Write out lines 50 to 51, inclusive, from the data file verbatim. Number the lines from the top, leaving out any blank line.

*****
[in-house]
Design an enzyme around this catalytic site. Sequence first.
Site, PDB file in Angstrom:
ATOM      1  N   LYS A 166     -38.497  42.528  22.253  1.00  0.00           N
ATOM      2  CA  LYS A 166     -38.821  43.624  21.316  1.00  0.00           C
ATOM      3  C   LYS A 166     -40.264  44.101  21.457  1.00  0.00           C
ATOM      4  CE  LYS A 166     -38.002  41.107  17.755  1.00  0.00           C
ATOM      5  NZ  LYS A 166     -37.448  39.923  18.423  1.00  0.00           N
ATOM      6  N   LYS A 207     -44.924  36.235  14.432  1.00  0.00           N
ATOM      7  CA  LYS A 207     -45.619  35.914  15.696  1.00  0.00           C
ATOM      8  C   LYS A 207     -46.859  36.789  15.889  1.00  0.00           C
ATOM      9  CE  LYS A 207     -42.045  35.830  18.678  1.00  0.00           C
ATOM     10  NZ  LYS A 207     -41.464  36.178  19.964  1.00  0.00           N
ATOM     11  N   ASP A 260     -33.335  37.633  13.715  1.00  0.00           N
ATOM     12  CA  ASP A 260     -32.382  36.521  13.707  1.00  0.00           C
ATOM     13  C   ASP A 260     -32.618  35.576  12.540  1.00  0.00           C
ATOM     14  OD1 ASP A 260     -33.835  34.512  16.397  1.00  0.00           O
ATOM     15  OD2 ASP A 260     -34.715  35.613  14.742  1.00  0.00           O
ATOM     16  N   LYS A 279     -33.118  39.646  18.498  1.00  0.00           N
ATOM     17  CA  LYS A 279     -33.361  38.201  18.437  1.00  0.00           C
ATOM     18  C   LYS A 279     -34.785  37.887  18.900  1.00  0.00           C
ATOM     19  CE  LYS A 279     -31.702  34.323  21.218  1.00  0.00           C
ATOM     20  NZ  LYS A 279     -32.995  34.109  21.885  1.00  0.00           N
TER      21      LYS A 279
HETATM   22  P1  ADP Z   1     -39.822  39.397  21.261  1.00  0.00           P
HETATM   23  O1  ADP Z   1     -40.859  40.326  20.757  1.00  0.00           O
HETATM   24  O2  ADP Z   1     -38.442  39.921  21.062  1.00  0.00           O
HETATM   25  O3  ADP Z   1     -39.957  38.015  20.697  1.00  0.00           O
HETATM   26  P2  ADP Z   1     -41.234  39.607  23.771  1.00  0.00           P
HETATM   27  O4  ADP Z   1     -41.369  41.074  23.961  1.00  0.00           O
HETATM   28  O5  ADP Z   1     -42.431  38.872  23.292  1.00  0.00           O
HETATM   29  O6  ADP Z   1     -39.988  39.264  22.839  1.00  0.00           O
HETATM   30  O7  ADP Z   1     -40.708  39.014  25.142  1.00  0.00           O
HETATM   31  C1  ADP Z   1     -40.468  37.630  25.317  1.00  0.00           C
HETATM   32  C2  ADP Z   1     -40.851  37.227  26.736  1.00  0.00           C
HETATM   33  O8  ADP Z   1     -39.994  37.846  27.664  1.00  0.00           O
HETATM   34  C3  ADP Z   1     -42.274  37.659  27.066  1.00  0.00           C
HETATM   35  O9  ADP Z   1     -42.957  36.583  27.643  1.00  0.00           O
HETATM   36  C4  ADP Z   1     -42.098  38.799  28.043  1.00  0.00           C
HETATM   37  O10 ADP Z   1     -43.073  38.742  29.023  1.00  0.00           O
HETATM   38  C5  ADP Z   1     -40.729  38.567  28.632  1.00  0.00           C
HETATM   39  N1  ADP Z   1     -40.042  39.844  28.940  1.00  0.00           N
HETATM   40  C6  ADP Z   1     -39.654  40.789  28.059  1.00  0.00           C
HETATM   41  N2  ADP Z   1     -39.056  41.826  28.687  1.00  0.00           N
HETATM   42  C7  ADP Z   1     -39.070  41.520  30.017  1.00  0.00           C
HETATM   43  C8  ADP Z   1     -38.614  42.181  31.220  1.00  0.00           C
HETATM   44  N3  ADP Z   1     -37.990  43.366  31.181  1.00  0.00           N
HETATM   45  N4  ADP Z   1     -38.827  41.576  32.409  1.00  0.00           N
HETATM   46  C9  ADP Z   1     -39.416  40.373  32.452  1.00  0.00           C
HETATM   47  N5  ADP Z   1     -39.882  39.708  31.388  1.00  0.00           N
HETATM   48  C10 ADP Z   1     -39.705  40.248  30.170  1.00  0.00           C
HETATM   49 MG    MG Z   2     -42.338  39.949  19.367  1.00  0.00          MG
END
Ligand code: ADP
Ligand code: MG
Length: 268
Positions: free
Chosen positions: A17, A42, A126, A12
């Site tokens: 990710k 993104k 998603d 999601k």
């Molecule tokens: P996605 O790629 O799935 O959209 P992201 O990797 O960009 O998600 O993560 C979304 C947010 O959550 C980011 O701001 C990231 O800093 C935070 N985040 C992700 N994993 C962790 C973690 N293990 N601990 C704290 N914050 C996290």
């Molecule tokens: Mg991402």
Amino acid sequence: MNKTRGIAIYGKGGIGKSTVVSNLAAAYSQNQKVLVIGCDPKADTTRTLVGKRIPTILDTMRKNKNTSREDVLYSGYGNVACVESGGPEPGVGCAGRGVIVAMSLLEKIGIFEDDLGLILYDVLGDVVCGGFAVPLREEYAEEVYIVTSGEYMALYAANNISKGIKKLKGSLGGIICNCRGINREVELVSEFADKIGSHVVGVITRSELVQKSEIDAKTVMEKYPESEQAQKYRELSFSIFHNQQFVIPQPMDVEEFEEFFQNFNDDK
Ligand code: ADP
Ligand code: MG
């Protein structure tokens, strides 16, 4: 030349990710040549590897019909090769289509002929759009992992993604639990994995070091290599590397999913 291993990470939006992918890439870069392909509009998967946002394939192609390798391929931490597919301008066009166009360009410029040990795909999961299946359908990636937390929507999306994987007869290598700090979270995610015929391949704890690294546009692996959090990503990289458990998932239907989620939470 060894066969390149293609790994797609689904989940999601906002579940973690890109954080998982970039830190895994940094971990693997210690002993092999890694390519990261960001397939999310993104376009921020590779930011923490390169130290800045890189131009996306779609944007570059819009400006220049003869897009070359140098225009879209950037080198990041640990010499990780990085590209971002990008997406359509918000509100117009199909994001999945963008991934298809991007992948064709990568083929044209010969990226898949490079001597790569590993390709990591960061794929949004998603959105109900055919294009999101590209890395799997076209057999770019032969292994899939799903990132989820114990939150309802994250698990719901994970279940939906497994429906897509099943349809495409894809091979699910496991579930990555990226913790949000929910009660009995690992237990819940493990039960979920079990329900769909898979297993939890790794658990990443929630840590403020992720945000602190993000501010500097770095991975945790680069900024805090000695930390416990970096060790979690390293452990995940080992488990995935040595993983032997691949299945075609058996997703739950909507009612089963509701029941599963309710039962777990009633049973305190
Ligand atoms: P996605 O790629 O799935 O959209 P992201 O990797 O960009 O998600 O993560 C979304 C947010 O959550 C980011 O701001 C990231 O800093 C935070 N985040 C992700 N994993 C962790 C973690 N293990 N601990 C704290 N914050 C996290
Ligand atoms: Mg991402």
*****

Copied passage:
HETATM   47  N5  ADP Z   1     -39.882  39.708  31.388  1.00  0.00           N
HETATM   48  C10 ADP Z   1     -39.705  40.248  30.170  1.00  0.00           C